around in the Washington game and knock off the Cougars in OT was because of
their premier backcourt player, the one and only Josh Watkins. A short and
stocky guard, Watkins is fourth in the conference in scoring and second in the
Pac in dimes. He’s tough, he’s not bashful in taking it to the hoop and
he’s very cerebral. Knowing that teams scout him for his driving abilities,
Watkins used a pull-up jumper from about 15 feet to send the Cougar game into OT
and then hit the game-winning shot in the extra period with the pull-up with
three seconds left.
In the Washington game, two plays he made really
stood out. On the first, Watkins appeared to trip over Wroten while bringing the
ball over to the right wing but somehow saved it from going out of bounds and
calling a timeout before help could come over and tie him up. Not a play
that would make a highlight reel, but it highlights the smarts and wherewithal
Watkins has to keep his wits in a situation that could have very easily led to a
The second play was vintage New York point guard.
Unafraid of Aziz N’Diaye’s height, Watkins took it right into the body of the
seven-footer and got the layup to go, again showing off his headiness by
negating the shot blocker’s ability to do what he does best.
patrolling the perimeter, center Jason Washburn does the dirty deeds down low,
averaging almost seven rebounds per game. That rebounding rate is just about on
the one-rebound-per-four-minute pace Krystkowiak wants his posts to be at.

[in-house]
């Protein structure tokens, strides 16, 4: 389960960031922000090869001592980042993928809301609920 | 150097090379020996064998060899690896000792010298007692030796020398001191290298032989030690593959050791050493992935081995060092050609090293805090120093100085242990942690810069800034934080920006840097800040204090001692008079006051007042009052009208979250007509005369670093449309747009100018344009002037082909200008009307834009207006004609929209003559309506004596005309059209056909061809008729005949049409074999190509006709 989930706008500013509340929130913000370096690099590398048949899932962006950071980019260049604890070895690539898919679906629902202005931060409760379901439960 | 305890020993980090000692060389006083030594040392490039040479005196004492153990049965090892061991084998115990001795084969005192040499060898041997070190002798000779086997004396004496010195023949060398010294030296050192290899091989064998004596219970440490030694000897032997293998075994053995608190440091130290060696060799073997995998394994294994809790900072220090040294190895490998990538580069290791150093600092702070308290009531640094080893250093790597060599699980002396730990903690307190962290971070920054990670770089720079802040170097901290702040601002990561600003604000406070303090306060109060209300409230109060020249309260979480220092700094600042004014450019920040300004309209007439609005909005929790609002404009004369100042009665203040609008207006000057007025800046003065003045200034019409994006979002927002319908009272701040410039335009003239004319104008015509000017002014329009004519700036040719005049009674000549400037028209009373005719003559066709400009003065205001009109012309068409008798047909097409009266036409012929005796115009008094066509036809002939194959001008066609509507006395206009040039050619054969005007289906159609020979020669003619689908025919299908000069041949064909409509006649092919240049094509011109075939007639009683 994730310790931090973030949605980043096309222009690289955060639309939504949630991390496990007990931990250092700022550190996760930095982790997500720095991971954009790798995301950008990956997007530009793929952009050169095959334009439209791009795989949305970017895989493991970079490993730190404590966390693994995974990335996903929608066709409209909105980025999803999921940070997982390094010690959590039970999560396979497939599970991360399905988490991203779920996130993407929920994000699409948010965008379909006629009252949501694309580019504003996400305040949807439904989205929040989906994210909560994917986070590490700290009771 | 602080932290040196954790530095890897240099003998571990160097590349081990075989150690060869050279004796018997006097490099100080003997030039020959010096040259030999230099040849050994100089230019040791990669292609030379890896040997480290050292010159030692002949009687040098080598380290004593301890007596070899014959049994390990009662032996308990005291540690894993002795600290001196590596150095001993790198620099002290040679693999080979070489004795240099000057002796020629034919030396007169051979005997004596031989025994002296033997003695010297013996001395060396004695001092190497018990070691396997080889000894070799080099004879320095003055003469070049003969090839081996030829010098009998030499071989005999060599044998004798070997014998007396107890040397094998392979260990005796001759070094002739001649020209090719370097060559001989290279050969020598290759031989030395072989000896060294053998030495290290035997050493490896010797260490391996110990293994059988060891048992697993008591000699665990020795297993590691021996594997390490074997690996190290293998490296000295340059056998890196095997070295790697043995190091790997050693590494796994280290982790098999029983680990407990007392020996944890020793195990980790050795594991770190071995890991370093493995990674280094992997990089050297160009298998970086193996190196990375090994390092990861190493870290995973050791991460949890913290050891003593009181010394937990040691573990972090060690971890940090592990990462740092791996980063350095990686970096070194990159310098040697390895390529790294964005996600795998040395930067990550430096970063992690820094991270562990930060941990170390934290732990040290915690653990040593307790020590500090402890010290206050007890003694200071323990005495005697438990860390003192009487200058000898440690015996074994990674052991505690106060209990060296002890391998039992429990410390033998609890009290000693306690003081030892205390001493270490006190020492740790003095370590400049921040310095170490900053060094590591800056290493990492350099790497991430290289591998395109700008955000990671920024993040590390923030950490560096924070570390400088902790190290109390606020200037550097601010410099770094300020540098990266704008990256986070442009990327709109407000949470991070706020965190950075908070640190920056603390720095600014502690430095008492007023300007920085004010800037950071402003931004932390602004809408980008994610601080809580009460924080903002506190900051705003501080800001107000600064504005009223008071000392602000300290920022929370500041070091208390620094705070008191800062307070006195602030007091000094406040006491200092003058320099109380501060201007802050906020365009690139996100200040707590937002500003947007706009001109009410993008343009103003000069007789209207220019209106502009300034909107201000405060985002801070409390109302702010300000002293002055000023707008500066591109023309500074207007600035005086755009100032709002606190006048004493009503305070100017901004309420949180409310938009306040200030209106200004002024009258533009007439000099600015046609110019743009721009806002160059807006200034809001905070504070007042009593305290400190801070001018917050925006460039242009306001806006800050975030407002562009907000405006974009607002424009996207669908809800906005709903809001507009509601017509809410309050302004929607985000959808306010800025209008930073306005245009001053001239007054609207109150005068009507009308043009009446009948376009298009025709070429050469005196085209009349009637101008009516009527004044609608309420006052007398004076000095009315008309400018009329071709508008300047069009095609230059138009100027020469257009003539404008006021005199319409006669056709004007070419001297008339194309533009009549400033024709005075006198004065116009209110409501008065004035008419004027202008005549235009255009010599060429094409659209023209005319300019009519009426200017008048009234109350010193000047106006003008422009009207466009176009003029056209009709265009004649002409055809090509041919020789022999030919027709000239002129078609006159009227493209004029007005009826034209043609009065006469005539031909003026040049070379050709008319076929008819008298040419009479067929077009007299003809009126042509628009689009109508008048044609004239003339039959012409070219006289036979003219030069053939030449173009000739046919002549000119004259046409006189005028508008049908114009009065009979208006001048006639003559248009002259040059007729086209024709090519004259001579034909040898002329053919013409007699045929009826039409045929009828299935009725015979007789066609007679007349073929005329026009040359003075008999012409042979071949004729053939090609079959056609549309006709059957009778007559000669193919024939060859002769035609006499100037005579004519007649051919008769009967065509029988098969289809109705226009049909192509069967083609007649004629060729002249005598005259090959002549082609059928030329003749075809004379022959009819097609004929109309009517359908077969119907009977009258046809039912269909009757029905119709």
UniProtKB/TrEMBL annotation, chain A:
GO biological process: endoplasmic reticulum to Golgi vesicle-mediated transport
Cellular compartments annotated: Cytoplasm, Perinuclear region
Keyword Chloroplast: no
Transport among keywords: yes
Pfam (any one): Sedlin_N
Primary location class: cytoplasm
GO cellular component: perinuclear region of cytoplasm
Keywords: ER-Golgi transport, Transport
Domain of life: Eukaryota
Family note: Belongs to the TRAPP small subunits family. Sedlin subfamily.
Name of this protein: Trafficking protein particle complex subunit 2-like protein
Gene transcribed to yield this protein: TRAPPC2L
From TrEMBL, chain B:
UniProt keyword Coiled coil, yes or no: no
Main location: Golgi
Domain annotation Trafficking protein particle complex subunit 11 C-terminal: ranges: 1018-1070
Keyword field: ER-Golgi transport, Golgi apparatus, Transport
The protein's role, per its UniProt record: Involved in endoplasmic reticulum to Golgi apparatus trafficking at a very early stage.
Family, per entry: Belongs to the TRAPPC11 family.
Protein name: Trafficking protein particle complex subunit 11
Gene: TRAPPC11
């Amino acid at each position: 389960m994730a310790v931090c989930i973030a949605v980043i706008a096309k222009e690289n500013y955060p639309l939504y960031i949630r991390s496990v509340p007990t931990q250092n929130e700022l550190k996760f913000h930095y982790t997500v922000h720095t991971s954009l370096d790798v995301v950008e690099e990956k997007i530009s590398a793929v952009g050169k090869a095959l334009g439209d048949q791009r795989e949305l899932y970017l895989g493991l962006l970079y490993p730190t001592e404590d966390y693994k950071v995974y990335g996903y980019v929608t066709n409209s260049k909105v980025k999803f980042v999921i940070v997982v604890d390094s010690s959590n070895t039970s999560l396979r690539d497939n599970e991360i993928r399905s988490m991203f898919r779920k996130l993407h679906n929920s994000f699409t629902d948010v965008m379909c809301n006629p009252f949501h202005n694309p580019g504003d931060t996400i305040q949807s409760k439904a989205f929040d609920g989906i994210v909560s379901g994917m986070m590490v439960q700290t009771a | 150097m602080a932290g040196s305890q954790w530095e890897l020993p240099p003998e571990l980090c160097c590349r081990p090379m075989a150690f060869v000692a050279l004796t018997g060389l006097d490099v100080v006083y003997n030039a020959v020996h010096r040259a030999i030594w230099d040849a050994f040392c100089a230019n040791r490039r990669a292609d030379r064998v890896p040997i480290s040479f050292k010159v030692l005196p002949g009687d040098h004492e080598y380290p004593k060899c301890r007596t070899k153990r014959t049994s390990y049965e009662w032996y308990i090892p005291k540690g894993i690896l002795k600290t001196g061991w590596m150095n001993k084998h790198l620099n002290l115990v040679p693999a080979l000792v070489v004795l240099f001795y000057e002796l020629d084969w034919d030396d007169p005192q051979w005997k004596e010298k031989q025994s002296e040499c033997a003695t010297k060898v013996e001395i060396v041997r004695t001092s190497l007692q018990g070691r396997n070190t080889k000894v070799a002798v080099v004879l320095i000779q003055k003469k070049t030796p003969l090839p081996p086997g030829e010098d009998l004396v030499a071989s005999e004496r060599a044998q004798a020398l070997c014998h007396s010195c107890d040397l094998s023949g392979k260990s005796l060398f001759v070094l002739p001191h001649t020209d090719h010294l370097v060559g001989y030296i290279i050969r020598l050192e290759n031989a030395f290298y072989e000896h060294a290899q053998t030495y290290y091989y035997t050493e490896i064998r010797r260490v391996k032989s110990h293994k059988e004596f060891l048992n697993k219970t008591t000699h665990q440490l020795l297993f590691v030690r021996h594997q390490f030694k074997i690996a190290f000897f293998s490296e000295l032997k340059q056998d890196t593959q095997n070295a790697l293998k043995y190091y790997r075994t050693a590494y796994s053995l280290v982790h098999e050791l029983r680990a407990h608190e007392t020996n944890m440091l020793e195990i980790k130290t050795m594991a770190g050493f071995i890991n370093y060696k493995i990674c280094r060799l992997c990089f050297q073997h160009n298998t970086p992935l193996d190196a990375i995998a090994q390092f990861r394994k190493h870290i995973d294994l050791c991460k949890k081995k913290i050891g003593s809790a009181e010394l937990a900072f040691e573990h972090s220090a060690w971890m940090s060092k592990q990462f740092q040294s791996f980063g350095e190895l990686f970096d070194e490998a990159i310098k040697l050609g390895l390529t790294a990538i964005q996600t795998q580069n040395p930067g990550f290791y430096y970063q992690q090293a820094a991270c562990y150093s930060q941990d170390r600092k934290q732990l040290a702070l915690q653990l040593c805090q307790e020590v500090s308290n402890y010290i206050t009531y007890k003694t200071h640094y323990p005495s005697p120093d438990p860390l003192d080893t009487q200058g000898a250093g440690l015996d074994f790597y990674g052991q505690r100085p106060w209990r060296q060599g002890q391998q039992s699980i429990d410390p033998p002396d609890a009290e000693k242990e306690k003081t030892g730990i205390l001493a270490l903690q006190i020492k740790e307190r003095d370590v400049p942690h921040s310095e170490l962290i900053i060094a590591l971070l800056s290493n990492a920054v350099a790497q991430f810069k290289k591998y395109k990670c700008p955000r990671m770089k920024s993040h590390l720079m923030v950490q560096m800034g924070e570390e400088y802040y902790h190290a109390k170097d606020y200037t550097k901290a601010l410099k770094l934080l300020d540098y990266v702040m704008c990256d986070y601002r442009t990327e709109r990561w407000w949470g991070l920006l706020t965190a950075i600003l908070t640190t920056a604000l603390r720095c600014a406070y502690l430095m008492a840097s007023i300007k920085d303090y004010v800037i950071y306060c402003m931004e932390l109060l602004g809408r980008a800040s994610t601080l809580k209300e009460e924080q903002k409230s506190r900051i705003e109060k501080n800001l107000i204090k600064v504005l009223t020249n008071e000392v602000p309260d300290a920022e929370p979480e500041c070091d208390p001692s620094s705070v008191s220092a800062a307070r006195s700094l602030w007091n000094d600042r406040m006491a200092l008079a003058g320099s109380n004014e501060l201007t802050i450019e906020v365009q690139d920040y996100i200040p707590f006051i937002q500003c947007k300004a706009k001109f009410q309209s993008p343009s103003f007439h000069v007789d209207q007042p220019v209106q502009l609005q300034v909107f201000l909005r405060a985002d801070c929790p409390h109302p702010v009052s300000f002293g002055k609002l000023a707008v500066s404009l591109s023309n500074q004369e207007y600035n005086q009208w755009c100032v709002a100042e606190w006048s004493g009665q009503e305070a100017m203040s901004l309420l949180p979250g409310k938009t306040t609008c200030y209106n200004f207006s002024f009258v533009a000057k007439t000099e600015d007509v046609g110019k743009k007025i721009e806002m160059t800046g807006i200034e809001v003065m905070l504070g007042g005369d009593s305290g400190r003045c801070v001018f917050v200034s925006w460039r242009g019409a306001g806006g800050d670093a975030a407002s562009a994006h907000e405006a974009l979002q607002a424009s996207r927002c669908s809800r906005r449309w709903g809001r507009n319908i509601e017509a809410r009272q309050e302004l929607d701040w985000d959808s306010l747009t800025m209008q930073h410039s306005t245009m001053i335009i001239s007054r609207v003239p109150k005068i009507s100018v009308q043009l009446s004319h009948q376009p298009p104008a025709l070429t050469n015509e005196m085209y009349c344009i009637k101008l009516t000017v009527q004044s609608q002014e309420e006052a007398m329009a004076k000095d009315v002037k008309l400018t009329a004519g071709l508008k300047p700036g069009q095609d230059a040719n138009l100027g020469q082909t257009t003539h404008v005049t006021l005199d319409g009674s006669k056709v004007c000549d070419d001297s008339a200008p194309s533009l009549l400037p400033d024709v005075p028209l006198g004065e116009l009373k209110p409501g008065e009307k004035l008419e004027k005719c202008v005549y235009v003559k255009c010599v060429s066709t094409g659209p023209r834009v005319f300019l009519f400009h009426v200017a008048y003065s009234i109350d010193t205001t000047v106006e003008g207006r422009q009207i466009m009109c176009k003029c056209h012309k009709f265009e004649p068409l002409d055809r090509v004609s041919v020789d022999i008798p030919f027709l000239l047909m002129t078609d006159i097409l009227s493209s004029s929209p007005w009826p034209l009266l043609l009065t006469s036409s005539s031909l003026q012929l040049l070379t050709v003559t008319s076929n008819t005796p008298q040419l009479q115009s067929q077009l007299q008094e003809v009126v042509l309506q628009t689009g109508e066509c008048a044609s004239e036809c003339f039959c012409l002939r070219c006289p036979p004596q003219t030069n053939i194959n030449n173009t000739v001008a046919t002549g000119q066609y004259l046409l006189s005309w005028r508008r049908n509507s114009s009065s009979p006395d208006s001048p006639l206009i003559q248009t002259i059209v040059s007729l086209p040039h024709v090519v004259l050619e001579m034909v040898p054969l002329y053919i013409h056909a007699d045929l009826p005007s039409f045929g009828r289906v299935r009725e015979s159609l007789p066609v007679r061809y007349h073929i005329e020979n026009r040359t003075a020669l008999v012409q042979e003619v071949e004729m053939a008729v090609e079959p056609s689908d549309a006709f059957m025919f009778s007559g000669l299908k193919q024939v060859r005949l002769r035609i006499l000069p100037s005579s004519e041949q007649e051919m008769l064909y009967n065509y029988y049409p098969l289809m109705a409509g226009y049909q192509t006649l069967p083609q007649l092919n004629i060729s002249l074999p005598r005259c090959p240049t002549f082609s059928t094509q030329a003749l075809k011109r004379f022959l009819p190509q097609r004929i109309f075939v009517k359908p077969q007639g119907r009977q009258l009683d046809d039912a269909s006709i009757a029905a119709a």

But probably the biggest feature of Washburn’s game is his low-post
offense. He has a very nice back to the basket game and utilized the baby
hook with success against the Huskies. Pretty good footwork for the kid, too.
Probably his biggest drawback is that he is a little slow (he got burned by
N’Diaye on at least one occasion) and his frame. His weight (244 L-Beezies)
might not seem very light, but he probably needs to put on a few more pounds to
make him stouter on the defensive end. Otherwise, the kid is pretty solid and
averages double figures.
Quick hitters on a couple of other Utes. Cedric Martin - watch out for this dude in the corner; leads the team in
three-point field goal efficiency at 38 percent. Dijon Farr- Mr. Hustle. Second
on the team in rebounds and tied for second in steals. Chris Hines - loves to
shoot. Dude’s got a quick trigger and isn’t afraid to take it to the trees down
low. Averages the second most shots per game on the team.
That’s more or
less the Runnin’ Utes starting five; it’s the group they used against both
On the surface, this one looks like it should be a
blowout with one of the top teams in the conference hosting the team that was
picked to finish last and has the worst overall record of anybody in the Pac-12.
I wouldn’t go that far, though. The Utes made huge defensive strides in their
first Pac-12 home stand and are at their best when it’s a half-court game,
seemingly just what Stanford likes (though after that thriller over Oregon State, maybe not). Also, guards have gone off against the Card in the past, and
Watkins certainly is capable of a big game.
That being said, I wouldn’t
expect Stanford to lose, nor would I expect it to be all that close. But I also
don’t expect to see a repeat of Stanford-Pacific or Colorado-Utah earlier this
year; however you want to spin it.
The last time Utah was 4-11 was the
1972-73 season, which was also the last time Stanford beat the Runnin’ Utes.
Will history repeat itself in Maples Pavilion on Thursday night? All signs point
to yes, but as Chris Berman loves to say, that’s why they play the